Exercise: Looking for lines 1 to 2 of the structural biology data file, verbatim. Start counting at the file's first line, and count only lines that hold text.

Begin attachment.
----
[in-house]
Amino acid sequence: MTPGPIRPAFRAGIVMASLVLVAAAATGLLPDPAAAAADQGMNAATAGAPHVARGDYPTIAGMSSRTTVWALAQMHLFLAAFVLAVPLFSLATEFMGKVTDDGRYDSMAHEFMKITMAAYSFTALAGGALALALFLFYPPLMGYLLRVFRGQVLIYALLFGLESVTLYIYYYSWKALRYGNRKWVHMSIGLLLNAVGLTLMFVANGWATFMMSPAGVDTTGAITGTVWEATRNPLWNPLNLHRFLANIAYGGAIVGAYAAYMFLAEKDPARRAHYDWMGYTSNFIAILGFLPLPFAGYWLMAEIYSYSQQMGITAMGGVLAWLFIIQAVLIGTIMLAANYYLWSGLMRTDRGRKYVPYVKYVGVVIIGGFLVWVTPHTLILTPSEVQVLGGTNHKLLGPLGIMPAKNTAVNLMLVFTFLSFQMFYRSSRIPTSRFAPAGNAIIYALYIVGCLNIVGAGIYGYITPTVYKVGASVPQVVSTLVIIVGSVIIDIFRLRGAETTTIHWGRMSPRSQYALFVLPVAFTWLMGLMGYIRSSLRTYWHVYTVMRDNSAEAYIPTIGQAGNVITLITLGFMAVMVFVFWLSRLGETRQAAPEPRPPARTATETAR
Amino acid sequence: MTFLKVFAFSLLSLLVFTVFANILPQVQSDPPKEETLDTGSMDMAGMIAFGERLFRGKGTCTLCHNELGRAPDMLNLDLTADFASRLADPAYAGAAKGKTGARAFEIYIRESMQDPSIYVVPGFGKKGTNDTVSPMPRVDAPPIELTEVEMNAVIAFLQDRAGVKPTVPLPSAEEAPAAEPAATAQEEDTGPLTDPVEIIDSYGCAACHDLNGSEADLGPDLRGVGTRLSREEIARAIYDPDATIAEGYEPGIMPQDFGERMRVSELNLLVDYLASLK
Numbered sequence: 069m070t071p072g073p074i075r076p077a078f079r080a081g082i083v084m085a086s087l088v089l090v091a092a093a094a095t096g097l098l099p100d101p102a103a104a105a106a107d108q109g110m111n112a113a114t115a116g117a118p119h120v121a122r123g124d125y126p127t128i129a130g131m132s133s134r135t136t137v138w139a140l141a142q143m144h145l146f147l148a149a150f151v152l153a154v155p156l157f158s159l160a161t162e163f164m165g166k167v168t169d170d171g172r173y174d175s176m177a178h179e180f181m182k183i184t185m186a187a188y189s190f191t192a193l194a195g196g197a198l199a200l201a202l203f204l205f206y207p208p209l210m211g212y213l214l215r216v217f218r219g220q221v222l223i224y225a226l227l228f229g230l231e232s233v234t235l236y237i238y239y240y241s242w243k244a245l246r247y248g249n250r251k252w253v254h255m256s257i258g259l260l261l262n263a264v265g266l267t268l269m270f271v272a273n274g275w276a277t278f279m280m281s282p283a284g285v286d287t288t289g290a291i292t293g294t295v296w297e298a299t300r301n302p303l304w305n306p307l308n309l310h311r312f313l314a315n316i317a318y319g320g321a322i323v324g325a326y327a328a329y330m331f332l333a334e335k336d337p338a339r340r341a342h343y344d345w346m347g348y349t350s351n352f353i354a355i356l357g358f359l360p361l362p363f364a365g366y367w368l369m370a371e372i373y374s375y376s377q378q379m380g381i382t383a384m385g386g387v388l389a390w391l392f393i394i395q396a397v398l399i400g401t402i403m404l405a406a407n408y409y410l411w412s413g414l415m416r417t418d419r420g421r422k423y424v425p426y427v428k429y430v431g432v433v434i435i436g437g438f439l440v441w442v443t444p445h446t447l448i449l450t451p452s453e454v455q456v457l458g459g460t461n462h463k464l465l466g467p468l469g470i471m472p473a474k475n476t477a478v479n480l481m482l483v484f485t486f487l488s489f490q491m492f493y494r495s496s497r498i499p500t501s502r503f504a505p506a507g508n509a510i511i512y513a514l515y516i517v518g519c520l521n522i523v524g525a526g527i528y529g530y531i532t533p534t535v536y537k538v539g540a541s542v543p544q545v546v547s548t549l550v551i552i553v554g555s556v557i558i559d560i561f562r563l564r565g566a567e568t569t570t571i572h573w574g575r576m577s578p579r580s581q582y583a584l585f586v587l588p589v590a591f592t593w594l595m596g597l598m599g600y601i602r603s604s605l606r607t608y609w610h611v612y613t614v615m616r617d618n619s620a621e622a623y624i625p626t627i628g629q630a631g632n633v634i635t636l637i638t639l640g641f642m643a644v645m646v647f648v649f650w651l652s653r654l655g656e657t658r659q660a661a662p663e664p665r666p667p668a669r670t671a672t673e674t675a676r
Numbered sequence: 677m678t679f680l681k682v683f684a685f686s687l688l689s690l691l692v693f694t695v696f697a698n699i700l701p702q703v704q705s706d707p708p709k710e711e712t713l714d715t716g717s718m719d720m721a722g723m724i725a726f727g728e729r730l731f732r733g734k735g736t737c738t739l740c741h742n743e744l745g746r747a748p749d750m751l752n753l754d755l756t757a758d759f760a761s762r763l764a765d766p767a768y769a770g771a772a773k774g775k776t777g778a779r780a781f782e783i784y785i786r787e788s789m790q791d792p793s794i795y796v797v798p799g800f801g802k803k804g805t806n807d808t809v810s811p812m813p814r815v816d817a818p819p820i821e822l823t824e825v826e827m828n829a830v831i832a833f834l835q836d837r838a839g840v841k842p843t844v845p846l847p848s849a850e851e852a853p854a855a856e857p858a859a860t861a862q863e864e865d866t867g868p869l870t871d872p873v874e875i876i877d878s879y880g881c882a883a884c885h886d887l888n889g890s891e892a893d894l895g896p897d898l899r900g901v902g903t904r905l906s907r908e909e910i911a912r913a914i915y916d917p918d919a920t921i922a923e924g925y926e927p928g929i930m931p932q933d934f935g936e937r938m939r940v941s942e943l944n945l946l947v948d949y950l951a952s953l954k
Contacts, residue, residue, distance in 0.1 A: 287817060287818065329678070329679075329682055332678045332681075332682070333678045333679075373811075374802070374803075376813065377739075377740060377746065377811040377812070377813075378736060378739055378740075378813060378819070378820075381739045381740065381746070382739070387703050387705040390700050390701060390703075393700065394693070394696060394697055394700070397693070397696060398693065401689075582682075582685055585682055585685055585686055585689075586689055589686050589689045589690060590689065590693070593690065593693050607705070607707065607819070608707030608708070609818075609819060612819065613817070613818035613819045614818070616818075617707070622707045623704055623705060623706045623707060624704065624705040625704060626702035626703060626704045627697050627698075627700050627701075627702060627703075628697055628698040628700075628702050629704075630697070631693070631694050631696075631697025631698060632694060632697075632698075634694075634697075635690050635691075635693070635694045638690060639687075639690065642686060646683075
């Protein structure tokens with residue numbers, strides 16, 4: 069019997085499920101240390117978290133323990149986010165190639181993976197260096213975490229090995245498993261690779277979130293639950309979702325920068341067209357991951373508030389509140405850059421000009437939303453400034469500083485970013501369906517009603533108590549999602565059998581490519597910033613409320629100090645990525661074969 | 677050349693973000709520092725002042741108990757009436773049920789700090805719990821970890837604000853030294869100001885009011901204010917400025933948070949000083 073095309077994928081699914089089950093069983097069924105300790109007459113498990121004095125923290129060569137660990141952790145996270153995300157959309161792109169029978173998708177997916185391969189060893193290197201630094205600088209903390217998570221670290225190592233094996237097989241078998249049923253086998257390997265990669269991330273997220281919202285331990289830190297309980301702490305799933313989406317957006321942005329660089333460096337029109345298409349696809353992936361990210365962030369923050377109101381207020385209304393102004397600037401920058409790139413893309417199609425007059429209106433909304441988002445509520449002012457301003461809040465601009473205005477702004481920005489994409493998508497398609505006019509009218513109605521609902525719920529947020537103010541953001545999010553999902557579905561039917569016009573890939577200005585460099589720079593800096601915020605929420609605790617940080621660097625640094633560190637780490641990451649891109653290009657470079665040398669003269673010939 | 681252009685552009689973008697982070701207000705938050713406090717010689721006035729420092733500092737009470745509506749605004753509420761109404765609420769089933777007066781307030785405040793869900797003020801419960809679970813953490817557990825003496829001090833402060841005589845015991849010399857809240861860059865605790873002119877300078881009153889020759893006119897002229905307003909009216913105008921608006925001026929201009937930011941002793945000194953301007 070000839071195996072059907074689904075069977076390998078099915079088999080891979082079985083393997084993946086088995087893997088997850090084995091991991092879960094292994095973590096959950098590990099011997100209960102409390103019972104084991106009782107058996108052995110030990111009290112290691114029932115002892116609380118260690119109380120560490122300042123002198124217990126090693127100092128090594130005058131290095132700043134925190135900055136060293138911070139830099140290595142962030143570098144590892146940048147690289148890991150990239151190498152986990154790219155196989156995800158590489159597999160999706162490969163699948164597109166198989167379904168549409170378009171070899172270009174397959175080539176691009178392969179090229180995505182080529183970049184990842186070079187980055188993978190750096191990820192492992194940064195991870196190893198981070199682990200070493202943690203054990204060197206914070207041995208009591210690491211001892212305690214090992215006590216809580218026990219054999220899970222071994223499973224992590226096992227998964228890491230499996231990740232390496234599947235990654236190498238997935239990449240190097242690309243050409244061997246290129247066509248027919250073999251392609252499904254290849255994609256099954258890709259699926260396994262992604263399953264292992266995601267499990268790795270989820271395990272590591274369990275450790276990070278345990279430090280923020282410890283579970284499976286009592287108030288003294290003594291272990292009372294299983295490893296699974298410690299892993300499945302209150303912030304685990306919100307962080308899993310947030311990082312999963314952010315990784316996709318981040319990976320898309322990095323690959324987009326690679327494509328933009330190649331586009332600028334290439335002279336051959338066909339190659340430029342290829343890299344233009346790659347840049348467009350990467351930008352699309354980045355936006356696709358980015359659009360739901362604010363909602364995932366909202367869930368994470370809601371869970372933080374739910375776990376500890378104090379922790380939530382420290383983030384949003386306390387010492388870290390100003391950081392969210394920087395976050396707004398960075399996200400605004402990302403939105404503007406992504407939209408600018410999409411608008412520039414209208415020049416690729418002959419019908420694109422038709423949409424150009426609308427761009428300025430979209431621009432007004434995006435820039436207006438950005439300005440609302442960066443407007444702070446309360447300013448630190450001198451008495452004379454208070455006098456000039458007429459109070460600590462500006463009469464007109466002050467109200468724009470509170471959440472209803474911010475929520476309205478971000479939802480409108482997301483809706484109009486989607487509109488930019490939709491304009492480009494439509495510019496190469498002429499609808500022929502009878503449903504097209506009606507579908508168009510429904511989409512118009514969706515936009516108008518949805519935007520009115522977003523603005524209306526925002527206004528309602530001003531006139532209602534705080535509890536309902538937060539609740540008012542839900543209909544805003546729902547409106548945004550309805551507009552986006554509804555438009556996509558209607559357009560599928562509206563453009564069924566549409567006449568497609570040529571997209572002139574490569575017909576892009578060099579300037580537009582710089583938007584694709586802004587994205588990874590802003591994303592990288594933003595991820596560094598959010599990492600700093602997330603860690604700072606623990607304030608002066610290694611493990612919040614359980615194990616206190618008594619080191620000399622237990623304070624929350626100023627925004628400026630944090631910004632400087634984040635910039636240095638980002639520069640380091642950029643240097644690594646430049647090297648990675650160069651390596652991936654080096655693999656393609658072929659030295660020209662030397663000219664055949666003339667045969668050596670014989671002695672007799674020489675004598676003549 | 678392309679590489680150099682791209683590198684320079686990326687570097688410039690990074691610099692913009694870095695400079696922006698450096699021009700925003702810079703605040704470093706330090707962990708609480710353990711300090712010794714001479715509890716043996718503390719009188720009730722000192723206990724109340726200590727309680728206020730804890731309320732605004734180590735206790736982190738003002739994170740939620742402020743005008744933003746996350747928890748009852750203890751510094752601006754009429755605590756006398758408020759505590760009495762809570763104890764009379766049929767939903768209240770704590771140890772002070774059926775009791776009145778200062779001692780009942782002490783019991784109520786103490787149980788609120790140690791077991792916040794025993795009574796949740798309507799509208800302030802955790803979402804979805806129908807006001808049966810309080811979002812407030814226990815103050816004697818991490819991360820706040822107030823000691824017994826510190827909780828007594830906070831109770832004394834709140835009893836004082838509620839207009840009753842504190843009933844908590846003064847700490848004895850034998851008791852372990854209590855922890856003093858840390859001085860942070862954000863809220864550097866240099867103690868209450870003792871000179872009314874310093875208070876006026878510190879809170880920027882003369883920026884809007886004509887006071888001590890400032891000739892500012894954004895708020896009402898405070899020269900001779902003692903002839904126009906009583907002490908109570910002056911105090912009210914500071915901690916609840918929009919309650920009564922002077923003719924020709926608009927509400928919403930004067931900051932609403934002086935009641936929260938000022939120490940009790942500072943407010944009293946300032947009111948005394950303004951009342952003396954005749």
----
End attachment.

[in-house]
Amino acid sequence: MTPGPIRPAFRAGIVMASLVLVAAAATGLLPDPAAAAADQGMNAATAGAPHVARGDYPTIAGMSSRTTVWALAQMHLFLAAFVLAVPLFSLATEFMGKVTDDGRYDSMAHEFMKITMAAYSFTALAGGALALALFLFYPPLMGYLLRVFRGQVLIYALLFGLESVTLYIYYYSWKALRYGNRKWVHMSIGLLLNAVGLTLMFVANGWATFMMSPAGVDTTGAITGTVWEATRNPLWNPLNLHRFLANIAYGGAIVGAYAAYMFLAEKDPARRAHYDWMGYTSNFIAILGFLPLPFAGYWLMAEIYSYSQQMGITAMGGVLAWLFIIQAVLIGTIMLAANYYLWSGLMRTDRGRKYVPYVKYVGVVIIGGFLVWVTPHTLILTPSEVQVLGGTNHKLLGPLGIMPAKNTAVNLMLVFTFLSFQMFYRSSRIPTSRFAPAGNAIIYALYIVGCLNIVGAGIYGYITPTVYKVGASVPQVVSTLVIIVGSVIIDIFRLRGAETTTIHWGRMSPRSQYALFVLPVAFTWLMGLMGYIRSSLRTYWHVYTVMRDNSAEAYIPTIGQAGNVITLITLGFMAVMVFVFWLSRLGETRQAAPEPRPPARTATETAR